Underwater photography was a second career for Cutter. In her first, she worked as a fine arts painter. Some of her paintings and serigraphs can be seen on her website. Her work was sold in numerous galleries and was much in demand, but after several decades, she wanted a new challenge.
With her husband, psychologist and author Fred Cutter, she had taken numerous snorkeling, vacations, and during one of them had the opportunity to take a brief diving course at a resort in the Bahamas. Initially unimpressed, she did not expect to continue diving but, at the urging of her husband, she earned her certification. Their next snorkeling vacation was spent in the British Virgin Islands. Cutter tried diving again, and this time, she was " hooked."
"When you're diving, what you see is very different from what you see when you're snorkeling," says Cutter. "When you're snorkeling, you're looking through a window into another world. When you're diving, you become part of that world." Cutter also enjoyed the freedom and sense of weightlessness experienced by divers. "At times," she says, "you feel almost like you're flying."
After the Bahamas trip, she acquired the necessary equipment and began learning the techniques of underwater photography—a science and an art that is, according to Cutter, very different from land photography. "Things appear larger than they really are, she notes, and they are not exactly where they appear to be." Lights are used to illuminate the subject, and "you shoot where the light is."
Many of the sea creatures photographed by Cutter are so small that special equipment, methods, and a guide are needed in order to capture their images. Cutter's favorite locations for underwater photography are Indonesia and Malaysia, in part because of the tremendous variety of unusual species, and in part because of the many "tiny organisms with incredible color and designs , such as pigmy seahorses so tiny you can barely see them. The pigmy seahorse in one of the photographs in her book, enlarged to show the details of its features and coloring is, in fact, barely 1/8" tall.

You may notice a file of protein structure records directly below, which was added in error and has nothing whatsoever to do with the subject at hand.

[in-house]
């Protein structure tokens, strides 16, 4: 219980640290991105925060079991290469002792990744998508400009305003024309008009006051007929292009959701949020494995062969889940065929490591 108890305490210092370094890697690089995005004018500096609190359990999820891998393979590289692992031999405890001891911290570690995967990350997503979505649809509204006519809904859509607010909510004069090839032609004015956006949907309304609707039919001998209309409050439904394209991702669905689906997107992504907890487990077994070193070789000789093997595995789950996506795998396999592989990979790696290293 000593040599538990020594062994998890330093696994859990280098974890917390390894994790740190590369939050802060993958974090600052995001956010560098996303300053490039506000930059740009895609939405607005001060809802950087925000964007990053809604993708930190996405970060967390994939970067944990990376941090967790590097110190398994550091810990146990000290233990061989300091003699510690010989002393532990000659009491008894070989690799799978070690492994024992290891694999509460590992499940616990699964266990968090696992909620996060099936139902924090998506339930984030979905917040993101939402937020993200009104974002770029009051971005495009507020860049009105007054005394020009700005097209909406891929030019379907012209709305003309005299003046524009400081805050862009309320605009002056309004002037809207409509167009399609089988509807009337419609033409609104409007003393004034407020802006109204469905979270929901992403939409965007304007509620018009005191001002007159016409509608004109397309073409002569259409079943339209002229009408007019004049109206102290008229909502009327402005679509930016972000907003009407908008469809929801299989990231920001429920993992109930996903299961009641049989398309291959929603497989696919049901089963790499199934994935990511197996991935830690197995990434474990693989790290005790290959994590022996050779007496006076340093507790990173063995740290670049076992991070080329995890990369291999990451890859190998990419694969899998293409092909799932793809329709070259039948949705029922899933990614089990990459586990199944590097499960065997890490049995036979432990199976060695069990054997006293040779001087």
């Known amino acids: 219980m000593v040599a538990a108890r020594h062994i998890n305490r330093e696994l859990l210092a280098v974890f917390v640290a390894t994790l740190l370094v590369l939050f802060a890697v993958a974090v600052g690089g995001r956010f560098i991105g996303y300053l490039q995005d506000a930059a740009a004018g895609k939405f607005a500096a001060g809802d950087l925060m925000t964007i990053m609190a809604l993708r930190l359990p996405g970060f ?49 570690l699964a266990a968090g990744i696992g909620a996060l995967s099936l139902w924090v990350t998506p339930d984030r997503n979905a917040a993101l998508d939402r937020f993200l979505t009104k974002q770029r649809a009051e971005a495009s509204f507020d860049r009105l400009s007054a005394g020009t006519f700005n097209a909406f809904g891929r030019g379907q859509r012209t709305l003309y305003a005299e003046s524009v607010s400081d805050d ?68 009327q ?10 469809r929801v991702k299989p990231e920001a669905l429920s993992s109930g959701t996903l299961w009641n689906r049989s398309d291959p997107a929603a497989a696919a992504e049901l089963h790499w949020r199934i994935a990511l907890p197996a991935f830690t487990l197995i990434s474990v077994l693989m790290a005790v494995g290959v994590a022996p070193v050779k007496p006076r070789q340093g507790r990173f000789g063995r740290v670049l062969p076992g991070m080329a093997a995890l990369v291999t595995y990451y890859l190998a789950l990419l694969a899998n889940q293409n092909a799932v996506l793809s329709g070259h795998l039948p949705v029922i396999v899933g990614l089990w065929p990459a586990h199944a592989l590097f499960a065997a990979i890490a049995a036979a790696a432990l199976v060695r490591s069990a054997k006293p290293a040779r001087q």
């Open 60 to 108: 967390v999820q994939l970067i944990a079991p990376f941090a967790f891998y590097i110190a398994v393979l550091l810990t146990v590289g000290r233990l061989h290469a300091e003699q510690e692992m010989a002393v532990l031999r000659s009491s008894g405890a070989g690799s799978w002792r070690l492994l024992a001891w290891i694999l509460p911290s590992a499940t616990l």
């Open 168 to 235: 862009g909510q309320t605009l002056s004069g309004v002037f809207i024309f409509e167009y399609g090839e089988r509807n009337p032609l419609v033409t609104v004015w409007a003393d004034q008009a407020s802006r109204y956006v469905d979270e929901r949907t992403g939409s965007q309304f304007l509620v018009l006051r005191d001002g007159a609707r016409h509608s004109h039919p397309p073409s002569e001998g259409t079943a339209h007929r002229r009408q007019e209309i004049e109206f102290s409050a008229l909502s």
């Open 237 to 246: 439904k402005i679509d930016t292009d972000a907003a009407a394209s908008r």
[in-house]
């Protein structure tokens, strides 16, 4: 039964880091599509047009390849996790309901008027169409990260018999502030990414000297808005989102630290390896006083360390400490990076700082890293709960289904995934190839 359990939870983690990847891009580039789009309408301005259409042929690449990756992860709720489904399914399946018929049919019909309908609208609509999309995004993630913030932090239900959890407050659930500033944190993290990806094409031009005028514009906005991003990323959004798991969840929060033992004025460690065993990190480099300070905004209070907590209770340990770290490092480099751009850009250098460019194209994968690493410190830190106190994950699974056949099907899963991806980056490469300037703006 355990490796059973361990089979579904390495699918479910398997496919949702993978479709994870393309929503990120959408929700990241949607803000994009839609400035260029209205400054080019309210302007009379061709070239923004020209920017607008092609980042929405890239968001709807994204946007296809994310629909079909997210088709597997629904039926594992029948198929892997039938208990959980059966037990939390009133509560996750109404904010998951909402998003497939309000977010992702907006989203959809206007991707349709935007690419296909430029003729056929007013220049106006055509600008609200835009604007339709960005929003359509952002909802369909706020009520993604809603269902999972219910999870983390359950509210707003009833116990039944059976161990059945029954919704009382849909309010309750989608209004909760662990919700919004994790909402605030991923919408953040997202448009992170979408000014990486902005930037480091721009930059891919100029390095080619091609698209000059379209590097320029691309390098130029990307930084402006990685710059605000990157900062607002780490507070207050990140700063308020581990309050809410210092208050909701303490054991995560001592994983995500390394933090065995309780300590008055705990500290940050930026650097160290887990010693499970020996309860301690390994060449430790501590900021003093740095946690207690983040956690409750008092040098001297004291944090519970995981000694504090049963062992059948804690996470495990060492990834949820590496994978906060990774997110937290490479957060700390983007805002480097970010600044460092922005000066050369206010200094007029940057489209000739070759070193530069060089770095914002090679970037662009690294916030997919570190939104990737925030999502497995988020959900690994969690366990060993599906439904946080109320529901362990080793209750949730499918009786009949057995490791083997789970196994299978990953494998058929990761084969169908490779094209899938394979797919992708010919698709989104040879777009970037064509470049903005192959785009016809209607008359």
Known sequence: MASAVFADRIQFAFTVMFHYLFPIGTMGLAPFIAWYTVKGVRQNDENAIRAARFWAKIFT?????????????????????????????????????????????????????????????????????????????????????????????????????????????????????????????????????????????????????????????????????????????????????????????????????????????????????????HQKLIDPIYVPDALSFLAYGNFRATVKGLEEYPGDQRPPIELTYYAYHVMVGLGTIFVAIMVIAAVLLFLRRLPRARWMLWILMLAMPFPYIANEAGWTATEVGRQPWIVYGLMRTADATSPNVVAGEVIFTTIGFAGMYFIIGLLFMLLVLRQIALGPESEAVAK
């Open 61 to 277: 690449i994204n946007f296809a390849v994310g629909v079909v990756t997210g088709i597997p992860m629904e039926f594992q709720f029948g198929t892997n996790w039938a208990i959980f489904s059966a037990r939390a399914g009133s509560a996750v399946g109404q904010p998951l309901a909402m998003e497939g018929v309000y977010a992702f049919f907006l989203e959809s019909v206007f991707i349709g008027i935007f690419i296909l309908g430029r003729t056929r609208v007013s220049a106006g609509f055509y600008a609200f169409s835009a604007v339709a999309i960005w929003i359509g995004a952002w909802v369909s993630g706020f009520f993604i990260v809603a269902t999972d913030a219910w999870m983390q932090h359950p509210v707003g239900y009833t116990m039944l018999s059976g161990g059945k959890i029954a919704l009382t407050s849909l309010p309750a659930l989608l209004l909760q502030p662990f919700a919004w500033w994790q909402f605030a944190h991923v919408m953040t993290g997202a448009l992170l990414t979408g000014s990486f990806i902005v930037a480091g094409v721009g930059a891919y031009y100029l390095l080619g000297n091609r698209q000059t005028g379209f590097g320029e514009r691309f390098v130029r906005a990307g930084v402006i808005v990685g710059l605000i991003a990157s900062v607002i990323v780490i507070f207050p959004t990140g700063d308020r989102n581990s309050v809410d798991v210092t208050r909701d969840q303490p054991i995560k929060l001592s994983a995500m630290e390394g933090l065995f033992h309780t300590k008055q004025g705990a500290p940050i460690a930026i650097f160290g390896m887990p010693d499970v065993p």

Other favorite diving locations include the Maldives, the Red Sea, the Soloman Islands, Micronesia, New Guinea, Fiji, the Bahamas, the British Virgin Islands, and Bonaire. Asked about the most memorable things seen during her underwater photography career, Cutter recalls fantastic landscapes featuring colorful soft coral such as the giant red sea fans deep in the ocean near the northern Solomans, and the wrecks in the Truk Lagoon in Micronesia.
The Great Barrier Reef, despite its fame, is not among her favorites. The Cutters took several diving trips there, but found the area to be "over-dived," and were dismayed to find that runoff from development in Australia has caused serious damage to the reefs.
During the years she was diving, Cutter saw major changes and damage to the reefs in other areas as well. Global warming, she says, is real, and the reefs are dying. In the Maldives, once-magnificent reefs are gone. In the early 90's, when diving in the Truk lagoon, she noticed white anemones, something she had never seen before.
Cutter subsequently learned that the bleaching process is the first sign that the organism is dying. An upward change in water temperature of just one or two degrees can start the process. If the temperature goes back down, the organism will recover. If not, it dies. Cutter notes that when the reefs die, the fish populations they shelter die too, "and the ocean's ecology is severely undermined."
Although there has been some damage to the reefs in some areas, sights such as those recorded by Cutter's photographs can still be seen and enjoyed, and she recommends diving as a sport for people of all ages, so long as appropriate precautions are taken. Diving is not dangerous, says Cutter, " if you do what you're supposed to do and don't push the envelope. Don't go too deep, don't stay down too long, and use a guide when you need one."
When a diver gets into an unexpected situation, Cutter says, it is essential to stay cool, stop and think, remember your training, and come up with a plan. The places Cutter considers most interesting for underwater photography, Indonesia and Malaysia, are also the ones she considers most challenging in terms of diving safety. Updrafts and downdrafts and strong currents can get the diver into trouble if not handled correctly, and it is easy to get lost.
Cutter's underwater photography career spanned about 15 years. During the entire time, she used film cameras. Digital cameras were coming into use around the time she moved into her latest careers, land photography and photo editing. Most of the photographs in her book were taken with a Nikon 90S camera in a Nexus housing, with a 105 mm macro lens and Fuji Velvia film. Only minimal editing of the shots was done, to remove background "noise".
Cutter now uses digital cameras and edits her images on her computer. She considers the editing process a kind of return to her original career as a painter, since many of the principles are the same. The career transitions seem to represent a key part of Cutter's philosophy of life – "what is important in life is the process of what you're doing, not the end result." .
Is there another photography book in the future? "Yes," says Cutter. She has not yet decided on the subject, but with hundreds of thousands, of photographs to her credit, and thousands more taken every year, she clearly has plenty of material to choose from.
Peregrine Falcon Image on Banner by Cleve Nash